VPPPA's Maddox: OSHA Hurting Association's Growth

Mike Maddox, who has served as VPPPA's board chairman for the past eight years and is seeking re-election, made it clear Aug. 25 that he sees the political leadership of OSHA -- meaning Assistant Secretary Dr. David Michaels and Jordan Barab, a deputy assistant secretary -- as counterproductive to VPPPA's progress.

NATIONAL HARBOR, Md. -- Mike Maddox, who has served as VPPPA's board chairman for the past eight years and is seeking re-election, made it clear Aug. 25 that he sees the political leadership of OSHA -- meaning Assistant Secretary Dr. David Michaels and Jordan Barab, a deputy assistant secretary -- as counterproductive to VPPPA's progress. "It [VPP} is an outstanding program" that reduces injuries, increases productivity, improves equipment performance, and improves the company's bottom line, he said during an interview on the first day of the 30th Annual National VPPPA Conference taking place at the Gaylord National Harbor Hotel & Convention Center here.

Maddox, who works for NuStar Energy, LP of San Antonio, said former OSHA chiefs Charles Jeffress, John Henshaw, and Ed Foulke recognized VPP's value and strongly encouraged VPPPA's growth because they realized VPP saves OSHA's resources. Companies that work hard to qualify for VPP are motivated to improve their performance, and once admitted, they self-report and are regularly audited. "Charles got it, Ed got it, John got it, and it stopped there," Maddox said.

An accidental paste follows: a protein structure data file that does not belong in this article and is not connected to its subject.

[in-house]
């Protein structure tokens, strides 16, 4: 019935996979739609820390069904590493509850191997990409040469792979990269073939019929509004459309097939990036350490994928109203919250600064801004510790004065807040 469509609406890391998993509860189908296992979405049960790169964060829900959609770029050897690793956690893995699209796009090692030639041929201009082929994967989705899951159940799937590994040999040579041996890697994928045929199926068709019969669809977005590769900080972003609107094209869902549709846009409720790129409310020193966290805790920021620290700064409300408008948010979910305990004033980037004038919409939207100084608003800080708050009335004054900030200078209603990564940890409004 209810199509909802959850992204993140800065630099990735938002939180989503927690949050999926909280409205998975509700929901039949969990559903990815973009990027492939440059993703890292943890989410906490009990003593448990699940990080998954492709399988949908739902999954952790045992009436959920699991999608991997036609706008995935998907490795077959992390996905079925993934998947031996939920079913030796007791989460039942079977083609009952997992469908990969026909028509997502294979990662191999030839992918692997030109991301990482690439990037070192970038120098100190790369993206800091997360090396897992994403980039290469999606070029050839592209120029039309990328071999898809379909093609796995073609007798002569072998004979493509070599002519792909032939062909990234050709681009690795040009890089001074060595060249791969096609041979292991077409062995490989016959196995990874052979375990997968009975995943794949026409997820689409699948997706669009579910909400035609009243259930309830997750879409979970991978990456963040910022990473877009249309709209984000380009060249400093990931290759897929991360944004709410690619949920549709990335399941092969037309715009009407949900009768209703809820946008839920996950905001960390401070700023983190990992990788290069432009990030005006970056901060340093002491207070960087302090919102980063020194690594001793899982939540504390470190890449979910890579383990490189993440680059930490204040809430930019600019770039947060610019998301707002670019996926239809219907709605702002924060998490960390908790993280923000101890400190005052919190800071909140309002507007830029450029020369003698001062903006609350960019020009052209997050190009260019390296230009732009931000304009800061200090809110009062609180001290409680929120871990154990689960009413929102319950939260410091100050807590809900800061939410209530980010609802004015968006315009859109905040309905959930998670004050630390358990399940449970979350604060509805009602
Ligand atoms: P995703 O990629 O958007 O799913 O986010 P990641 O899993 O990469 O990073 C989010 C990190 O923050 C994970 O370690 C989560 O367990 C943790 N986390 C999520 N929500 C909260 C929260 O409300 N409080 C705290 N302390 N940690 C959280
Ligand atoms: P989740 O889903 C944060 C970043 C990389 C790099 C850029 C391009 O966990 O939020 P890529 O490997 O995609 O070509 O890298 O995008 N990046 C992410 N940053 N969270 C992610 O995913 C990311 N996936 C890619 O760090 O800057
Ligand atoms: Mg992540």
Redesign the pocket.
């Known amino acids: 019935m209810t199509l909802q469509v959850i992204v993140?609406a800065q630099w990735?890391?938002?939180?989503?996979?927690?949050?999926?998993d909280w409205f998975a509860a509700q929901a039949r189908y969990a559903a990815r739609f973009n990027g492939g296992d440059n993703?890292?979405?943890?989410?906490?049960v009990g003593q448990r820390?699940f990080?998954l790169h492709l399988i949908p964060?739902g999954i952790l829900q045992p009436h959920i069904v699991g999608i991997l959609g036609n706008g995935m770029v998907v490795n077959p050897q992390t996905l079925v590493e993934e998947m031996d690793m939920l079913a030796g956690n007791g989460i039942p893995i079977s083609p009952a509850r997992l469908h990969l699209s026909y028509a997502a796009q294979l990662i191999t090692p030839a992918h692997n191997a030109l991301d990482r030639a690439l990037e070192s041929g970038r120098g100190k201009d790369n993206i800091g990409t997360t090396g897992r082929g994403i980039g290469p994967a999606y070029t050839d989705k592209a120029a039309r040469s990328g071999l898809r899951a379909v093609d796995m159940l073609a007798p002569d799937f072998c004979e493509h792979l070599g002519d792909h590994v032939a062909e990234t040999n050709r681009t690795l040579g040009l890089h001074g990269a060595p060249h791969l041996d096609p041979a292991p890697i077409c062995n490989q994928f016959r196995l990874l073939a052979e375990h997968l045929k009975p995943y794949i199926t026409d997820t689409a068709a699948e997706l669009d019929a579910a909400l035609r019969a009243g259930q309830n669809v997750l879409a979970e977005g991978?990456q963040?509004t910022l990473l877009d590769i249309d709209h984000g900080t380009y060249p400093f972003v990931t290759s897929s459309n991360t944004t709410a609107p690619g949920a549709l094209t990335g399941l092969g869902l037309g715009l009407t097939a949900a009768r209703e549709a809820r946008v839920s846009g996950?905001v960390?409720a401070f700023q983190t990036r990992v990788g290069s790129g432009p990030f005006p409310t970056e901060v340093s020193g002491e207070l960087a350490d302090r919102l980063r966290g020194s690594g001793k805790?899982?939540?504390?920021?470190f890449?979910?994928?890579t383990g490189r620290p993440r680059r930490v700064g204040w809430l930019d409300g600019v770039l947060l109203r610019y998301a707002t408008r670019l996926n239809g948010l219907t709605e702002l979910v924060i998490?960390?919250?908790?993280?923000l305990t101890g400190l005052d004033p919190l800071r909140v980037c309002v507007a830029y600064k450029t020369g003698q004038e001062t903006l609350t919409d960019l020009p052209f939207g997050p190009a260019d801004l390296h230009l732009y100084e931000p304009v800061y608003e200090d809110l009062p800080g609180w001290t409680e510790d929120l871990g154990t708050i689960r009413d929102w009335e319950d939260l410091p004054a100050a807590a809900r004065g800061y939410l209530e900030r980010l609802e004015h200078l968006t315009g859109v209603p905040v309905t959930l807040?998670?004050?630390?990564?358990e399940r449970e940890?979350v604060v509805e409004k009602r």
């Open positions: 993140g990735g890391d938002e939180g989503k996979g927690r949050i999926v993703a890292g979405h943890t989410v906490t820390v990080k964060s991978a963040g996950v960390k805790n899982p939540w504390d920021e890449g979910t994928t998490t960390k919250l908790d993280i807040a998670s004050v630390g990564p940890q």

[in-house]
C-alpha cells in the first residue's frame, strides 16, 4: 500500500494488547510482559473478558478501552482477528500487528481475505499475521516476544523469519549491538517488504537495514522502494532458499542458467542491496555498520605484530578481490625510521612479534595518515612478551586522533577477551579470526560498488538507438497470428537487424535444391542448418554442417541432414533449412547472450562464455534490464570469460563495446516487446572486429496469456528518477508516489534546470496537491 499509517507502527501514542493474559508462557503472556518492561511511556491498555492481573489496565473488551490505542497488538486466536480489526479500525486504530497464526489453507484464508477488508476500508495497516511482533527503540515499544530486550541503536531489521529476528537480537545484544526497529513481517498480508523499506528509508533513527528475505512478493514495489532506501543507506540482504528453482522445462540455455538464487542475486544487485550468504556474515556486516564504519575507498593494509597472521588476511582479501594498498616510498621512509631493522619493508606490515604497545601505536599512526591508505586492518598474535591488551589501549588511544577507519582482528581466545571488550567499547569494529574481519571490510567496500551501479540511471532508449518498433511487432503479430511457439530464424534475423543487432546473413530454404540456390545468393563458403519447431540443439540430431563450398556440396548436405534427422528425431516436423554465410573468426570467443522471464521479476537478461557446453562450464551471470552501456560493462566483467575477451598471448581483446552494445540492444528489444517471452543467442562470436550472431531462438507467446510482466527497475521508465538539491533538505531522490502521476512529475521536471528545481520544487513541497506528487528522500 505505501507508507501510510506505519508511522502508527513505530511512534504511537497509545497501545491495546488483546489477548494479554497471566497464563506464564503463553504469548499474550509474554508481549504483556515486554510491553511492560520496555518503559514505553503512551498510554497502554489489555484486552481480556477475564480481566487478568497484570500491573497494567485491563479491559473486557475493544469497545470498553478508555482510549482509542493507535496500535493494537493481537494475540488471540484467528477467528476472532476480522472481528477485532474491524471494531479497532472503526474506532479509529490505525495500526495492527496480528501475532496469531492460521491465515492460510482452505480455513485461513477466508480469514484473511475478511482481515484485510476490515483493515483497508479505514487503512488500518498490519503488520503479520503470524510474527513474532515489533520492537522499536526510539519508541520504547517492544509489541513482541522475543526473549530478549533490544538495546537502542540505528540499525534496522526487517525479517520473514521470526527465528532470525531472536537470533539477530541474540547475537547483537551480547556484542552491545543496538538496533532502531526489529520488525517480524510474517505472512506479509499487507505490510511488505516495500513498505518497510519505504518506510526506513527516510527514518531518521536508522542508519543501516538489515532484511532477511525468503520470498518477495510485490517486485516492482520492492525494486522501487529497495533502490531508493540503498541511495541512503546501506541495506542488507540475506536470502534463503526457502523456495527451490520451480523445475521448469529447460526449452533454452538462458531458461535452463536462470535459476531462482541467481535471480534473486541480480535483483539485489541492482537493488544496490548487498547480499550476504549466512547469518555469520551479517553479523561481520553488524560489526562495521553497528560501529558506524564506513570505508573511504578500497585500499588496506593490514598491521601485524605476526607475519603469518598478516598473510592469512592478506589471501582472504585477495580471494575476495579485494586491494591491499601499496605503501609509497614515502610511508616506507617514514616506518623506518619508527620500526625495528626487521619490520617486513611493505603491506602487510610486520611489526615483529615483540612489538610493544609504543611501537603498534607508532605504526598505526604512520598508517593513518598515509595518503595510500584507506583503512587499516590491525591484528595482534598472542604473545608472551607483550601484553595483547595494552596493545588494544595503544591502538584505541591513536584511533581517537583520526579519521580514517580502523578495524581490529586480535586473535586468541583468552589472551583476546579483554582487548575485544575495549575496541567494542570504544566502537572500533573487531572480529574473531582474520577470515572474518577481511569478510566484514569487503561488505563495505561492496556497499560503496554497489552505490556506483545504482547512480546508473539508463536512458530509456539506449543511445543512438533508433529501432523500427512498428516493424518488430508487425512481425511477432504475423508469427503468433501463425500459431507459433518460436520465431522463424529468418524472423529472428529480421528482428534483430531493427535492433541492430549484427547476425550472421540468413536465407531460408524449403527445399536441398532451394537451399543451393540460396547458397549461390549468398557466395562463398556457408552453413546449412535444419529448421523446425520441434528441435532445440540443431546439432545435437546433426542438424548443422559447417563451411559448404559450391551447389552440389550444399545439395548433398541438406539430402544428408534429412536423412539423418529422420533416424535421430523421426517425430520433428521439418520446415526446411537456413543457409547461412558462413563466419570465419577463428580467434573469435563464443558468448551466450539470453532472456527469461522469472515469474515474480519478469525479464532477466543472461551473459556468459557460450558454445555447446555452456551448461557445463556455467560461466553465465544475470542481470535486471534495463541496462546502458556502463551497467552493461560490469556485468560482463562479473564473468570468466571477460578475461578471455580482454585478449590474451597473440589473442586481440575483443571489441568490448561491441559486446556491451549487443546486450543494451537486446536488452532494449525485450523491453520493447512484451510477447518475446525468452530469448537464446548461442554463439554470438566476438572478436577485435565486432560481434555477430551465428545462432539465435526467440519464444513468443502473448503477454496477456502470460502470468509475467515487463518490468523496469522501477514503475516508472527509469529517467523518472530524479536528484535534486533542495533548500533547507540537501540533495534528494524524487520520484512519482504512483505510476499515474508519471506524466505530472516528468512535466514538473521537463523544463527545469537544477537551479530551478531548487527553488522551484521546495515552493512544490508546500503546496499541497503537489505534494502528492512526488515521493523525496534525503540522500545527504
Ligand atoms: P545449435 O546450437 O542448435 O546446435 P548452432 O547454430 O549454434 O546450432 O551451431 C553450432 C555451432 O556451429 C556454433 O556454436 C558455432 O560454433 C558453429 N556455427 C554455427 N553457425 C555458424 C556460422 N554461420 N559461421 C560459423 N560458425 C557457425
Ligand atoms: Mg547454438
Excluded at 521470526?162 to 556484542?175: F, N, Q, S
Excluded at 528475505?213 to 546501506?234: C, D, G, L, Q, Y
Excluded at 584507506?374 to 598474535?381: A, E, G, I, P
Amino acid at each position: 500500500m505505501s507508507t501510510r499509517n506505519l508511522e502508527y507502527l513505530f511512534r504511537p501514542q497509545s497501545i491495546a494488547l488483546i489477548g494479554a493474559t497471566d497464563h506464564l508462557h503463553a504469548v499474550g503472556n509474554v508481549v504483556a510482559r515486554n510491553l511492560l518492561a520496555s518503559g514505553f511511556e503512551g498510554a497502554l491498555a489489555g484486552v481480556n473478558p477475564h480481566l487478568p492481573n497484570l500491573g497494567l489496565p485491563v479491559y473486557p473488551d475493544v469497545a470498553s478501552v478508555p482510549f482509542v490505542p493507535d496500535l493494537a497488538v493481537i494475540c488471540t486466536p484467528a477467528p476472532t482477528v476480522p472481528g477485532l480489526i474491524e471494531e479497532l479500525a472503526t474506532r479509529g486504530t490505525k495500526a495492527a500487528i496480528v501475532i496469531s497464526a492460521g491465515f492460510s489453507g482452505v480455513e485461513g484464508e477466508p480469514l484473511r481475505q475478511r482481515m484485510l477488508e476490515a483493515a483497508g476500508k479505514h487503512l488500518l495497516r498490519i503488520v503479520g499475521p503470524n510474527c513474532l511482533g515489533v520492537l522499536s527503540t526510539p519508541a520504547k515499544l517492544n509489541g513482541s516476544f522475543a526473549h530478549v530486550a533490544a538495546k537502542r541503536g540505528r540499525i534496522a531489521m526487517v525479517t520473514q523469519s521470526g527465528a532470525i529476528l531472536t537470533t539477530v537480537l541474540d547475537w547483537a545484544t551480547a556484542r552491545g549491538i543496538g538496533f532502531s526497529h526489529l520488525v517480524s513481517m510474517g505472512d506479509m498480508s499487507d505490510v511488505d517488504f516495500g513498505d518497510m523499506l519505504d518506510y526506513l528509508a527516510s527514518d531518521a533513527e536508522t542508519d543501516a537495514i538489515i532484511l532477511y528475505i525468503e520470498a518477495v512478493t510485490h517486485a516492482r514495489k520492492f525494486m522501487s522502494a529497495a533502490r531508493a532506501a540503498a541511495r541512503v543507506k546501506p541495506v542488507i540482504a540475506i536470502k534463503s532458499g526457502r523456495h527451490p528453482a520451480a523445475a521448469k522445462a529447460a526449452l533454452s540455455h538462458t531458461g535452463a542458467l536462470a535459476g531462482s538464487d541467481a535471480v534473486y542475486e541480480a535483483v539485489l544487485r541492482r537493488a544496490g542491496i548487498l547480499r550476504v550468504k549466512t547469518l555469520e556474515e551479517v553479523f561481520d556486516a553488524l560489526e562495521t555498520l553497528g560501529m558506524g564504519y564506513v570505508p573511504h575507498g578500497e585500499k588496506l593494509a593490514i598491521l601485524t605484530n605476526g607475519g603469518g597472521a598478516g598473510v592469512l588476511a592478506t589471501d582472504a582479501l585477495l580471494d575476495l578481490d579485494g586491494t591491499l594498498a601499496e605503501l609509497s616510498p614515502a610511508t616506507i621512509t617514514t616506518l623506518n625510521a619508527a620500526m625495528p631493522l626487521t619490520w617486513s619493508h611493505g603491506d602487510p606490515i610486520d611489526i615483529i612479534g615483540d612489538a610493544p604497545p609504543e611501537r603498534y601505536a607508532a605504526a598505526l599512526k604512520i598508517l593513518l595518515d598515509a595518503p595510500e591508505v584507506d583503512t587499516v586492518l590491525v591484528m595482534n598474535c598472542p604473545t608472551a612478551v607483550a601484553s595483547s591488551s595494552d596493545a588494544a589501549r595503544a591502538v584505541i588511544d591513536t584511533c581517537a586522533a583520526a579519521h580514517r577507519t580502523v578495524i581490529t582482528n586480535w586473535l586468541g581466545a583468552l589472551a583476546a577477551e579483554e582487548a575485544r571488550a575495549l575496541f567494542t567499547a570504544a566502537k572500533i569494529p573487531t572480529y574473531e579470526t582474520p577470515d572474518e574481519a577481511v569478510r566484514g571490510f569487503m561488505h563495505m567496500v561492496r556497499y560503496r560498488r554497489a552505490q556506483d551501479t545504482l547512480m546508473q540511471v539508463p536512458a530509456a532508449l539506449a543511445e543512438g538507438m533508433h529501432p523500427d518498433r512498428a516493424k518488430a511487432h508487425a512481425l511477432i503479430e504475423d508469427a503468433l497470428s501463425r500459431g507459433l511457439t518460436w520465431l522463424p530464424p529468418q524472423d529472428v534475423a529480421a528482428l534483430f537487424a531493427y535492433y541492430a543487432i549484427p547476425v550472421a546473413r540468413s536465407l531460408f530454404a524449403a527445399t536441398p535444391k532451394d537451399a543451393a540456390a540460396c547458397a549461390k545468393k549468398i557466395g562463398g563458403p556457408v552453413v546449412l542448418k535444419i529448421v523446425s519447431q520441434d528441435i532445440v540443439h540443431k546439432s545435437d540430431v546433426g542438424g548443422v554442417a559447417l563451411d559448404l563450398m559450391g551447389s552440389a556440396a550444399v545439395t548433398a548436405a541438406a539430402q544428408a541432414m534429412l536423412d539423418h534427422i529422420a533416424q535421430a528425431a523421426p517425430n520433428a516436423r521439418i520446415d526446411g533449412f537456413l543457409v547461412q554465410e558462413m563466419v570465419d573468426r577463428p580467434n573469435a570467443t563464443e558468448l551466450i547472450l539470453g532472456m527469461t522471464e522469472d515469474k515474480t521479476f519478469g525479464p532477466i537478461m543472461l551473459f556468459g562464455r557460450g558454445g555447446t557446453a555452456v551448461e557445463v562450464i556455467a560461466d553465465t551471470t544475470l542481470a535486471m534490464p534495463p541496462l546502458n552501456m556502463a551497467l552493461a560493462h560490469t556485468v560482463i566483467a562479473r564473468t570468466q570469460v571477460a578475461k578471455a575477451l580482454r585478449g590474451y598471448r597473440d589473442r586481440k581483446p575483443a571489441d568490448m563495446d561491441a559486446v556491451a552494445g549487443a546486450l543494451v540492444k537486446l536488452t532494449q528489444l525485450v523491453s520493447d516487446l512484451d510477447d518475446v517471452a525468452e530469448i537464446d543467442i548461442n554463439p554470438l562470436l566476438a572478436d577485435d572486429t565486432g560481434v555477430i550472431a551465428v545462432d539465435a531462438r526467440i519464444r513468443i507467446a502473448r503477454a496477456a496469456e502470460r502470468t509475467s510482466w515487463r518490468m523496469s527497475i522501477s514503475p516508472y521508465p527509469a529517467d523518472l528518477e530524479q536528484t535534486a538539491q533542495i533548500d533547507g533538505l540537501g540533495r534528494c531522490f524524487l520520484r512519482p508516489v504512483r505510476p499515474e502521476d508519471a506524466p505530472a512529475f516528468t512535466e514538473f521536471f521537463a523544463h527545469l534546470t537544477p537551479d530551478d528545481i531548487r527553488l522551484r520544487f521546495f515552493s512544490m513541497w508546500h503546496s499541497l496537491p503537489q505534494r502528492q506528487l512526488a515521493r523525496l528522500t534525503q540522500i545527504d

He said Michaels shifted some of the funding Congress approved for OSHA's VPP activities to whistleblower programs, and the resulting shortage stalled VPP applications. "I think it's all designed to destroy the program," Maddox said.

By OSHA's own figures, its VPP oversight costs the agency $3.1 million. However, VPPPA member companies contributed $4.2 million last year in paying for their employees who had qualified as Special Government Employees (SGEs) to travel to perform VPP audits, he estimated.

"The only thing that's holding the association back from skyrocketing right now is OSHA," said Maddox. "The bottom line is this program is popular. It's proven. We've had many of our small companies tell us that they'd be out of business without VPP."

If OSHA would just start accepting and processing more VPP applications, that would be beneficial, he said.

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